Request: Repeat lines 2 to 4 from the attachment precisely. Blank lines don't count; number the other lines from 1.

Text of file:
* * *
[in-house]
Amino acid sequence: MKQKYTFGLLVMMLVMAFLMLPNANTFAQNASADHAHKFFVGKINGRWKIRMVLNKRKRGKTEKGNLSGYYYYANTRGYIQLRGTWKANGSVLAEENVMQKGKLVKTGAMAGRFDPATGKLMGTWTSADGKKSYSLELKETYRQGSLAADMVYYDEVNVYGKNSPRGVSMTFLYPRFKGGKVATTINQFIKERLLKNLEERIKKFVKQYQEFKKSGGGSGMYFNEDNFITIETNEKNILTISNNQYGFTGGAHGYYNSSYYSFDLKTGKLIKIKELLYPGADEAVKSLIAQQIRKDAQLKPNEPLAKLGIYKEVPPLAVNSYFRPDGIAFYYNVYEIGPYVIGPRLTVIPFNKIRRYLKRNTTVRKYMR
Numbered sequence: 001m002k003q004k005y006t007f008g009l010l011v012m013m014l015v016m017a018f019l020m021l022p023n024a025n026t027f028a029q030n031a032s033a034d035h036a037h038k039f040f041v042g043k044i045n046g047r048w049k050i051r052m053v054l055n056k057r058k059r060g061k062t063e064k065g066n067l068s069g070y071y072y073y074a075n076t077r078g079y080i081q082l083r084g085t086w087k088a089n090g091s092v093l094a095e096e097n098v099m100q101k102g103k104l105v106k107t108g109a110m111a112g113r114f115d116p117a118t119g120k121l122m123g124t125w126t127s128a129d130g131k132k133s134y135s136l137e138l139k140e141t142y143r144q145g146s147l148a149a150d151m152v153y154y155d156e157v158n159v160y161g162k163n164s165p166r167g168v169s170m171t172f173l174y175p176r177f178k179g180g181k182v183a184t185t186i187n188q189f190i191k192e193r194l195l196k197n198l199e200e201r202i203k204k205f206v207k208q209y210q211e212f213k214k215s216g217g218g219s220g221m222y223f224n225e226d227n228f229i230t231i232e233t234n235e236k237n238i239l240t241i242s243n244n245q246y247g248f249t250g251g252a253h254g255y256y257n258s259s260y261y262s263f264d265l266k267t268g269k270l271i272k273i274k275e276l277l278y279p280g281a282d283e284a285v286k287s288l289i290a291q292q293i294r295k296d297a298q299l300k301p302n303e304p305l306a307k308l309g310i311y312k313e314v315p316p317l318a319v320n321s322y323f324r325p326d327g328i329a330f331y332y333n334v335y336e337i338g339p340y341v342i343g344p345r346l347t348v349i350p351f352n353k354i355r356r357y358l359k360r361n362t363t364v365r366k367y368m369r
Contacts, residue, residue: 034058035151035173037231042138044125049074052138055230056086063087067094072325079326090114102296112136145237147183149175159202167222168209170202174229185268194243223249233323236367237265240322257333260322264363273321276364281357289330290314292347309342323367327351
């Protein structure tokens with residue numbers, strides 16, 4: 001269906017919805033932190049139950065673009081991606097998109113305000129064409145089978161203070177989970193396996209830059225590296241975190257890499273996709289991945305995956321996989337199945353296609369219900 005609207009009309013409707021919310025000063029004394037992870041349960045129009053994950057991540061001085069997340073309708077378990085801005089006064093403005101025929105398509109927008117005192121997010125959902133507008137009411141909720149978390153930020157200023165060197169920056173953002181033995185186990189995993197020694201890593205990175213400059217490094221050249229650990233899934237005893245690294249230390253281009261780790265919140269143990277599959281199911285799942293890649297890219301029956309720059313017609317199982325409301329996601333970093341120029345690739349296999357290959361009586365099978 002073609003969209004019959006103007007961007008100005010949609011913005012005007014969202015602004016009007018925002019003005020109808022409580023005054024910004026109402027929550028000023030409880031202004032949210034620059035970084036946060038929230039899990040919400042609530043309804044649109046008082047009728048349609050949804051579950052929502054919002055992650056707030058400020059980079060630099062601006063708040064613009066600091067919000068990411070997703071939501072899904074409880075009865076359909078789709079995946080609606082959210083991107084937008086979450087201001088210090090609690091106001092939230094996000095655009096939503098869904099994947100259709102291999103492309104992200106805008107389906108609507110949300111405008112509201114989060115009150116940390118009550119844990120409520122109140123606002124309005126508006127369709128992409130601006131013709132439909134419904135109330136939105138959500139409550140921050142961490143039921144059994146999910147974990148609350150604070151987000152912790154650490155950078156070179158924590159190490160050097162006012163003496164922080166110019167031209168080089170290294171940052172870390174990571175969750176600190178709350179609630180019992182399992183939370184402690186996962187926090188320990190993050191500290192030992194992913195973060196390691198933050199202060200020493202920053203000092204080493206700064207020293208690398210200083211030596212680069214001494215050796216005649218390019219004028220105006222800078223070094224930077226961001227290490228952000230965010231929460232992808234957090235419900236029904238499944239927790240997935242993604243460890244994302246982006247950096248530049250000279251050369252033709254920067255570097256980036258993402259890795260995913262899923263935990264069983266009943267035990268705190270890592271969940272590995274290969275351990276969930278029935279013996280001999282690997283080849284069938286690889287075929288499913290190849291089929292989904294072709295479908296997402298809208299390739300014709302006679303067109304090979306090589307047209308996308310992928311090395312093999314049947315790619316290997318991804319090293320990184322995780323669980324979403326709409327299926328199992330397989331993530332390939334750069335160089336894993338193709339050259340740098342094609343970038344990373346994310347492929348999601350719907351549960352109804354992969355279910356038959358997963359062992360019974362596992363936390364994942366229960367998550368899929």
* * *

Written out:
Amino acid sequence: MKQKYTFGLLVMMLVMAFLMLPNANTFAQNASADHAHKFFVGKINGRWKIRMVLNKRKRGKTEKGNLSGYYYYANTRGYIQLRGTWKANGSVLAEENVMQKGKLVKTGAMAGRFDPATGKLMGTWTSADGKKSYSLELKETYRQGSLAADMVYYDEVNVYGKNSPRGVSMTFLYPRFKGGKVATTINQFIKERLLKNLEERIKKFVKQYQEFKKSGGGSGMYFNEDNFITIETNEKNILTISNNQYGFTGGAHGYYNSSYYSFDLKTGKLIKIKELLYPGADEAVKSLIAQQIRKDAQLKPNEPLAKLGIYKEVPPLAVNSYFRPDGIAFYYNVYEIGPYVIGPRLTVIPFNKIRRYLKRNTTVRKYMR
Numbered sequence: 001m002k003q004k005y006t007f008g009l010l011v012m013m014l015v016m017a018f019l020m021l022p023n024a025n026t027f028a029q030n031a032s033a034d035h036a037h038k039f040f041v042g043k044i045n046g047r048w049k050i051r052m053v054l055n056k057r058k059r060g061k062t063e064k065g066n067l068s069g070y071y072y073y074a075n076t077r078g079y080i081q082l083r084g085t086w087k088a089n090g091s092v093l094a095e096e097n098v099m100q101k102g103k104l105v106k107t108g109a110m111a112g113r114f115d116p117a118t119g120k121l122m123g124t125w126t127s128a129d130g131k132k133s134y135s136l137e138l139k140e141t142y143r144q145g146s147l148a149a150d151m152v153y154y155d156e157v158n159v160y161g162k163n164s165p166r167g168v169s170m171t172f173l174y175p176r177f178k179g180g181k182v183a184t185t186i187n188q189f190i191k192e193r194l195l196k197n198l199e200e201r202i203k204k205f206v207k208q209y210q211e212f213k214k215s216g217g218g219s220g221m222y223f224n225e226d227n228f229i230t231i232e233t234n235e236k237n238i239l240t241i242s243n244n245q246y247g248f249t250g251g252a253h254g255y256y257n258s259s260y261y262s263f264d265l266k267t268g269k270l271i272k273i274k275e276l277l278y279p280g281a282d283e284a285v286k287s288l289i290a291q292q293i294r295k296d297a298q299l300k301p302n303e304p305l306a307k308l309g310i311y312k313e314v315p316p317l318a319v320n321s322y323f324r325p326d327g328i329a330f331y332y333n334v335y336e337i338g339p340y341v342i343g344p345r346l347t348v349i350p351f352n353k354i355r356r357y358l359k360r361n362t363t364v365r366k367y368m369r
Contacts, residue, residue: 034058035151035173037231042138044125049074052138055230056086063087067094072325079326090114102296112136145237147183149175159202167222168209170202174229185268194243223249233323236367237265240322257333260322264363273321276364281357289330290314292347309342323367327351